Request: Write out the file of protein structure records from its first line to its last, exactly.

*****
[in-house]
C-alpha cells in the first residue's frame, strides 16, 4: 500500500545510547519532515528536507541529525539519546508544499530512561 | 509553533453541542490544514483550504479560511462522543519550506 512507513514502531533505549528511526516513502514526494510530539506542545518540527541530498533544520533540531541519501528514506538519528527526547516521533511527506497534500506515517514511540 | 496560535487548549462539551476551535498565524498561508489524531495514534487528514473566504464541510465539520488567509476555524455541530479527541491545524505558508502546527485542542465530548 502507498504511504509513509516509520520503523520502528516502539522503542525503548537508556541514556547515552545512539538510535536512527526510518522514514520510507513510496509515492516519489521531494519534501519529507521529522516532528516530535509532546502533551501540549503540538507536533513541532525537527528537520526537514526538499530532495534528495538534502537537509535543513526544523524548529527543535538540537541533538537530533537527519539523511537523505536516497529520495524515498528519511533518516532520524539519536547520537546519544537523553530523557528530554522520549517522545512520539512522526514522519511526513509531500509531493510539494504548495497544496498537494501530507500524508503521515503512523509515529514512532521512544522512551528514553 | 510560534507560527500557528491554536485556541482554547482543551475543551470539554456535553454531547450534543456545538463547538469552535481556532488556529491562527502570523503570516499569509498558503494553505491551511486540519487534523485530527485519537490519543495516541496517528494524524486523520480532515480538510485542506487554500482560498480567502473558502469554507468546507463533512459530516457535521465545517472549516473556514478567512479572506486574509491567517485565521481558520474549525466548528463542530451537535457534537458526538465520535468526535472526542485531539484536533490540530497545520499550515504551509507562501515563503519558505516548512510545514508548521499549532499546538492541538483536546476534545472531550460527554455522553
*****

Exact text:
[in-house]
C-alpha cells in the first residue's frame, strides 16, 4: 500500500545510547519532515528536507541529525539519546508544499530512561 | 509553533453541542490544514483550504479560511462522543519550506 512507513514502531533505549528511526516513502514526494510530539506542545518540527541530498533544520533540531541519501528514506538519528527526547516521533511527506497534500506515517514511540 | 496560535487548549462539551476551535498565524498561508489524531495514534487528514473566504464541510465539520488567509476555524455541530479527541491545524505558508502546527485542542465530548 502507498504511504509513509516509520520503523520502528516502539522503542525503548537508556541514556547515552545512539538510535536512527526510518522514514520510507513510496509515492516519489521531494519534501519529507521529522516532528516530535509532546502533551501540549503540538507536533513541532525537527528537520526537514526538499530532495534528495538534502537537509535543513526544523524548529527543535538540537541533538537530533537527519539523511537523505536516497529520495524515498528519511533518516532520524539519536547520537546519544537523553530523557528530554522520549517522545512520539512522526514522519511526513509531500509531493510539494504548495497544496498537494501530507500524508503521515503512523509515529514512532521512544522512551528514553 | 510560534507560527500557528491554536485556541482554547482543551475543551470539554456535553454531547450534543456545538463547538469552535481556532488556529491562527502570523503570516499569509498558503494553505491551511486540519487534523485530527485519537490519543495516541496517528494524524486523520480532515480538510485542506487554500482560498480567502473558502469554507468546507463533512459530516457535521465545517472549516473556514478567512479572506486574509491567517485565521481558520474549525466548528463542530451537535457534537458526538465520535468526535472526542485531539484536533490540530497545520499550515504551509507562501515563503519558505516548512510545514508548521499549532499546538492541538483536546476534545472531550460527554455522553